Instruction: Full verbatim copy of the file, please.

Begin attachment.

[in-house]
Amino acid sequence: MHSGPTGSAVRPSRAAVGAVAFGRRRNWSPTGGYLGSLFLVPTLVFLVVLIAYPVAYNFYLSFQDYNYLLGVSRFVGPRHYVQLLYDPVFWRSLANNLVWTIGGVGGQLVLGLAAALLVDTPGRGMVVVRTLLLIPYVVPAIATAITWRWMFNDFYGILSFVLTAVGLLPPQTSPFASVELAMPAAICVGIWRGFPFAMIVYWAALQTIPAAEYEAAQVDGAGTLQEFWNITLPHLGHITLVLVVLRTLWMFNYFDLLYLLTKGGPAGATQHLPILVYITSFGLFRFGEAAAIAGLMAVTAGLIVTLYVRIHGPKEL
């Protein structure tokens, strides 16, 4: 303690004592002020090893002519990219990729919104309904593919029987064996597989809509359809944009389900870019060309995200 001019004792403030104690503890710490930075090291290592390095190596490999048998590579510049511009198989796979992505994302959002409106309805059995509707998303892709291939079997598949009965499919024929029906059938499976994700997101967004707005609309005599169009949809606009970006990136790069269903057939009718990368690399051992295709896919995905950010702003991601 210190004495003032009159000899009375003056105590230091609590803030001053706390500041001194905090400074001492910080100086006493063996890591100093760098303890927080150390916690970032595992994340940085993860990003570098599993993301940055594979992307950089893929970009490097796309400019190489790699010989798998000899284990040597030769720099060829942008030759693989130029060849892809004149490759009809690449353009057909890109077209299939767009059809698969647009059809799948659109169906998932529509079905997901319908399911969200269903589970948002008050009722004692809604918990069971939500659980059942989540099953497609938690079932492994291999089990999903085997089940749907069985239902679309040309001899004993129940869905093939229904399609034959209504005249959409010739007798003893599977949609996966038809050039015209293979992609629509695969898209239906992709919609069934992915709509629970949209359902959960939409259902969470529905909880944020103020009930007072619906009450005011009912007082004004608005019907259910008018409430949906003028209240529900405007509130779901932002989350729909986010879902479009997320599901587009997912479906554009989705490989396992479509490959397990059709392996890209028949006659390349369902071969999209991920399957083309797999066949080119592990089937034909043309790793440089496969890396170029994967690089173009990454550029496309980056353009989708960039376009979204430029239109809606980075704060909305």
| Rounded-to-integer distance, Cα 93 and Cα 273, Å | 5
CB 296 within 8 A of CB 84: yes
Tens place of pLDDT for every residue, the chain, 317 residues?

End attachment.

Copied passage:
[in-house]
Amino acid sequence: MHSGPTGSAVRPSRAAVGAVAFGRRRNWSPTGGYLGSLFLVPTLVFLVVLIAYPVAYNFYLSFQDYNYLLGVSRFVGPRHYVQLLYDPVFWRSLANNLVWTIGGVGGQLVLGLAAALLVDTPGRGMVVVRTLLLIPYVVPAIATAITWRWMFNDFYGILSFVLTAVGLLPPQTSPFASVELAMPAAICVGIWRGFPFAMIVYWAALQTIPAAEYEAAQVDGAGTLQEFWNITLPHLGHITLVLVVLRTLWMFNYFDLLYLLTKGGPAGATQHLPILVYITSFGLFRFGEAAAIAGLMAVTAGLIVTLYVRIHGPKEL
């Protein structure tokens, strides 16, 4: 303690004592002020090893002519990219990729919104309904593919029987064996597989809509359809944009389900870019060309995200 001019004792403030104690503890710490930075090291290592390095190596490999048998590579510049511009198989796979992505994302959002409106309805059995509707998303892709291939079997598949009965499919024929029906059938499976994700997101967004707005609309005599169009949809606009970006990136790069269903057939009718990368690399051992295709896919995905950010702003991601 210190004495003032009159000899009375003056105590230091609590803030001053706390500041001194905090400074001492910080100086006493063996890591100093760098303890927080150390916690970032595992994340940085993860990003570098599993993301940055594979992307950089893929970009490097796309400019190489790699010989798998000899284990040597030769720099060829942008030759693989130029060849892809004149490759009809690449353009057909890109077209299939767009059809698969647009059809799948659109169906998932529509079905997901319908399911969200269903589970948002008050009722004692809604918990069971939500659980059942989540099953497609938690079932492994291999089990999903085997089940749907069985239902679309040309001899004993129940869905093939229904399609034959209504005249959409010739007798003893599977949609996966038809050039015209293979992609629509695969898209239906992709919609069934992915709509629970949209359902959960939409259902969470529905909880944020103020009930007072619906009450005011009912007082004004608005019907259910008018409430949906003028209240529900405007509130779901932002989350729909986010879902479009997320599901587009997912479906554009989705490989396992479509490959397990059709392996890209028949006659390349369902071969999209991920399957083309797999066949080119592990089937034909043309790793440089496969890396170029994967690089173009990454550029496309980056353009989708960039376009979204430029239109809606980075704060909305």
| Rounded-to-integer distance, Cα 93 and Cα 273, Å | 5
CB 296 within 8 A of CB 84: yes
Tens place of pLDDT for every residue, the chain, 317 residues?